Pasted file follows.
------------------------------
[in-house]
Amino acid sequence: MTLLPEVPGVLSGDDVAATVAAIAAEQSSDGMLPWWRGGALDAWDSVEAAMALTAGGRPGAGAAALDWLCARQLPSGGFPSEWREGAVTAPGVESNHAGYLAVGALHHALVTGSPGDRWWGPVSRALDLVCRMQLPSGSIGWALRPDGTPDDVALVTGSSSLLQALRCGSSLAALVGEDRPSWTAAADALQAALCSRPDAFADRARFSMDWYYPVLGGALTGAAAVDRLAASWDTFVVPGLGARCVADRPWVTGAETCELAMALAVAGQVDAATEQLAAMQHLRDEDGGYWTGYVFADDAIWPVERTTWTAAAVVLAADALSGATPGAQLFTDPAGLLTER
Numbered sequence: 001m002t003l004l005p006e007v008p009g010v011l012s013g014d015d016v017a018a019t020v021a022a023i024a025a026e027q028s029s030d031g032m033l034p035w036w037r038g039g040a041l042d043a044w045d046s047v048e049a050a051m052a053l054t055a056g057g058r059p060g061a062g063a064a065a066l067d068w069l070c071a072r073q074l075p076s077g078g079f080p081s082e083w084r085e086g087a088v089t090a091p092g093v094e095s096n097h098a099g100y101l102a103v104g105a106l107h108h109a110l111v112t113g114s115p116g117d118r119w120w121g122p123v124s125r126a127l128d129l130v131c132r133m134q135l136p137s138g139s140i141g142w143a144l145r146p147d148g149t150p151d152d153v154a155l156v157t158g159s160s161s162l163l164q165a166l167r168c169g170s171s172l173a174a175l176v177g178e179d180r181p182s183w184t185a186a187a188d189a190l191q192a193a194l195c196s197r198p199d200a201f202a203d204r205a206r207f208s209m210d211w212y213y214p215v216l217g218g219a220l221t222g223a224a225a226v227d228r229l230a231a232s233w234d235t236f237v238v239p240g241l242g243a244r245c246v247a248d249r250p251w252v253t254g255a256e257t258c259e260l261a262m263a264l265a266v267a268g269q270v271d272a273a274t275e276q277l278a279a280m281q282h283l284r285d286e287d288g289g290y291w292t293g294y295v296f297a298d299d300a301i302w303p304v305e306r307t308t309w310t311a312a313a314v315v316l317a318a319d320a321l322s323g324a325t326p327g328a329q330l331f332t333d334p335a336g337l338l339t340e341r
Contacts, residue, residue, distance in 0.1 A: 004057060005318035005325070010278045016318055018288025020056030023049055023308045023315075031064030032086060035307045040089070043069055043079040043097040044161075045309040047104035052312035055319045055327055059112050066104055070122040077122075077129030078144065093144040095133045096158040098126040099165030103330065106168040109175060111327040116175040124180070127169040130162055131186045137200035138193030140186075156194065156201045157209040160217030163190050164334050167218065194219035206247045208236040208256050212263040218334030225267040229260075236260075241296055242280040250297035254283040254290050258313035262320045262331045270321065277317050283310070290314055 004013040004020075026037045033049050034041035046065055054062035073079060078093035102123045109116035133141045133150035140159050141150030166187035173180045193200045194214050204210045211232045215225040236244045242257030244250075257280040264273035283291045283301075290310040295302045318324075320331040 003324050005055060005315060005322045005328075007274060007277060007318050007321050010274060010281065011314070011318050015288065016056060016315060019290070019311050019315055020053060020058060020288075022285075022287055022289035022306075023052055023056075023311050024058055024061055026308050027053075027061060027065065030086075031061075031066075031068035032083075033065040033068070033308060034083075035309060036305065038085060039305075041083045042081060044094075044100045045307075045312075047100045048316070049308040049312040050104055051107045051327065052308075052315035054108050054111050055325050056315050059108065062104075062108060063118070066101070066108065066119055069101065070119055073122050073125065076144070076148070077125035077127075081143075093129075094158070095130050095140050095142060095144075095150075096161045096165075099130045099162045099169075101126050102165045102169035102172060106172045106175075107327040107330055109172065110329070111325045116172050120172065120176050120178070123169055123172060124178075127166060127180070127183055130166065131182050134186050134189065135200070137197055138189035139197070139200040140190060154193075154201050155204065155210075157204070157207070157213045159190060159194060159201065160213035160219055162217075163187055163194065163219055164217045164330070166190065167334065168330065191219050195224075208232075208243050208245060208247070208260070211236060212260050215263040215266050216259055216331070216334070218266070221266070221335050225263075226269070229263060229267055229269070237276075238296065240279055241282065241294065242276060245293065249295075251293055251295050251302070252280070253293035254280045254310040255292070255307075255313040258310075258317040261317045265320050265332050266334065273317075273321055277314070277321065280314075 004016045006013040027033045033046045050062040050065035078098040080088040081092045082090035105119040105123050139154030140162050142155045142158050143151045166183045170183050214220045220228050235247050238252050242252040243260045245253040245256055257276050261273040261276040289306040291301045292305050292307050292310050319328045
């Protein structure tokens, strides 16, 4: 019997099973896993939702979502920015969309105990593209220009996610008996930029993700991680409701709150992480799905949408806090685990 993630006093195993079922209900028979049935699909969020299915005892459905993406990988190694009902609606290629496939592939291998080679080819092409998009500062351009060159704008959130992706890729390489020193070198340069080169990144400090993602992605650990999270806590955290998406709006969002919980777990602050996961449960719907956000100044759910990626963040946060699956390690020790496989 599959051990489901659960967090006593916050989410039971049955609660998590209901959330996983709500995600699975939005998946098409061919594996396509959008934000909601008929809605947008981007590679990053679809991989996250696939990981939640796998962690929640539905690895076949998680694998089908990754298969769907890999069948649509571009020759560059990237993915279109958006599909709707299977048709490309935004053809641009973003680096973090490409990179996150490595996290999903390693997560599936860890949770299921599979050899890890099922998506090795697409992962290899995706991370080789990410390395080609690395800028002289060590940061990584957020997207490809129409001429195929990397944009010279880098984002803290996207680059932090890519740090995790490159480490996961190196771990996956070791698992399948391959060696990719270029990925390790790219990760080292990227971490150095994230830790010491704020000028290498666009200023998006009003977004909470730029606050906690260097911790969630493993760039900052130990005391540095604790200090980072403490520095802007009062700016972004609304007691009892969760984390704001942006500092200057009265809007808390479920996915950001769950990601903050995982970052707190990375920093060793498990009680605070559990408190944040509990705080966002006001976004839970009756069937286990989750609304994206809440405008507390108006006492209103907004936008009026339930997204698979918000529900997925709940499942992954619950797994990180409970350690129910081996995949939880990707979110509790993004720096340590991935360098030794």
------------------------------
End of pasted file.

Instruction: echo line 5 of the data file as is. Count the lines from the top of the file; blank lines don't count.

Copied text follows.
């Protein structure tokens, strides 16, 4: 019997099973896993939702979502920015969309105990593209220009996610008996930029993700991680409701709150992480799905949408806090685990 993630006093195993079922209900028979049935699909969020299915005892459905993406990988190694009902609606290629496939592939291998080679080819092409998009500062351009060159704008959130992706890729390489020193070198340069080169990144400090993602992605650990999270806590955290998406709006969002919980777990602050996961449960719907956000100044759910990626963040946060699956390690020790496989 599959051990489901659960967090006593916050989410039971049955609660998590209901959330996983709500995600699975939005998946098409061919594996396509959008934000909601008929809605947008981007590679990053679809991989996250696939990981939640796998962690929640539905690895076949998680694998089908990754298969769907890999069948649509571009020759560059990237993915279109958006599909709707299977048709490309935004053809641009973003680096973090490409990179996150490595996290999903390693997560599936860890949770299921599979050899890890099922998506090795697409992962290899995706991370080789990410390395080609690395800028002289060590940061990584957020997207490809129409001429195929990397944009010279880098984002803290996207680059932090890519740090995790490159480490996961190196771990996956070791698992399948391959060696990719270029990925390790790219990760080292990227971490150095994230830790010491704020000028290498666009200023998006009003977004909470730029606050906690260097911790969630493993760039900052130990005391540095604790200090980072403490520095802007009062700016972004609304007691009892969760984390704001942006500092200057009265809007808390479920996915950001769950990601903050995982970052707190990375920093060793498990009680605070559990408190944040509990705080966002006001976004839970009756069937286990989750609304994206809440405008507390108006006492209103907004936008009026339930997204698979918000529900997925709940499942992954619950797994990180409970350690129910081996995949939880990707979110509790993004720096340590991935360098030794």